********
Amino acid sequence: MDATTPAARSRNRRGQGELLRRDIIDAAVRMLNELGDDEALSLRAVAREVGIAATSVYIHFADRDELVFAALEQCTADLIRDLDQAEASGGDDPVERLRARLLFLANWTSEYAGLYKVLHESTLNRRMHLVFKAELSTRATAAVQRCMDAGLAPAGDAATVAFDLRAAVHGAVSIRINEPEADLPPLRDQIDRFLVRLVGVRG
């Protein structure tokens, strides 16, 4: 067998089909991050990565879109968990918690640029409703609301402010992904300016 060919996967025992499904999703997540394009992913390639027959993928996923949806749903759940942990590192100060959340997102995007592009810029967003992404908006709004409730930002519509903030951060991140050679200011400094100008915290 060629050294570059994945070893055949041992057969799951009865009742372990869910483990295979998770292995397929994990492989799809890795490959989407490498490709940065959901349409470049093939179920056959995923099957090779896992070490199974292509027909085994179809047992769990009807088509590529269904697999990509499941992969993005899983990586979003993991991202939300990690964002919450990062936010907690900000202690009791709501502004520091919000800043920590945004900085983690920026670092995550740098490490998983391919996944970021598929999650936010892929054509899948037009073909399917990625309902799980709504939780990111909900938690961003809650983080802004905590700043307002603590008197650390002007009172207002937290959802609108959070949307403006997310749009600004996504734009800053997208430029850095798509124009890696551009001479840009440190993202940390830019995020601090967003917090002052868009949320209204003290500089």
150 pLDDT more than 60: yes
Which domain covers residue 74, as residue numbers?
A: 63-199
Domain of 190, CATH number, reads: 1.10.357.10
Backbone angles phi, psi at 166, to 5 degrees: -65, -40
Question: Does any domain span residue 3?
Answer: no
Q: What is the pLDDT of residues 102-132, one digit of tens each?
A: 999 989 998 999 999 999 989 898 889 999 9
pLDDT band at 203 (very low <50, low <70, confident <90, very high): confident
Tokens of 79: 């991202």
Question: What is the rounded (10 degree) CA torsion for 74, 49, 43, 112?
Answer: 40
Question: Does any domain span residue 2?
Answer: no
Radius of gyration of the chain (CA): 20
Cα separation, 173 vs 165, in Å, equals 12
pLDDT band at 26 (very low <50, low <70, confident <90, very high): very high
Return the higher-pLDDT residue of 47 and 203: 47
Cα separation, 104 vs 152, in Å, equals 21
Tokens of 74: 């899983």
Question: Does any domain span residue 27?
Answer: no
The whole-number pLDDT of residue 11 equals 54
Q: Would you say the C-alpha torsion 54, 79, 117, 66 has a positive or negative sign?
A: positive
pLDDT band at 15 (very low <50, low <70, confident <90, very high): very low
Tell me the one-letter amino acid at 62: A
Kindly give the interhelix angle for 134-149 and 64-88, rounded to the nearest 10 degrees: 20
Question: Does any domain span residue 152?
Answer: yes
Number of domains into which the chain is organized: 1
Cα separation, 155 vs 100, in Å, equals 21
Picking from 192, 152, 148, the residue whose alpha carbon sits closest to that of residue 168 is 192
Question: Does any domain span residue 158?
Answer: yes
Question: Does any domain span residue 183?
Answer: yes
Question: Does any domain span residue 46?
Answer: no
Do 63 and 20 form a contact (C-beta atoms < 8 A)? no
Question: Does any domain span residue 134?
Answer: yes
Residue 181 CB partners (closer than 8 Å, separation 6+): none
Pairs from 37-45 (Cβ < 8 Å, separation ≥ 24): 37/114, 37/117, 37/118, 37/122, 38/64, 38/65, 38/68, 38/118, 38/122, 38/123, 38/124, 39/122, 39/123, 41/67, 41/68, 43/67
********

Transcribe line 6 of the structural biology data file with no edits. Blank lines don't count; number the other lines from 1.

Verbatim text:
Domain of 190, CATH number, reads: 1.10.357.10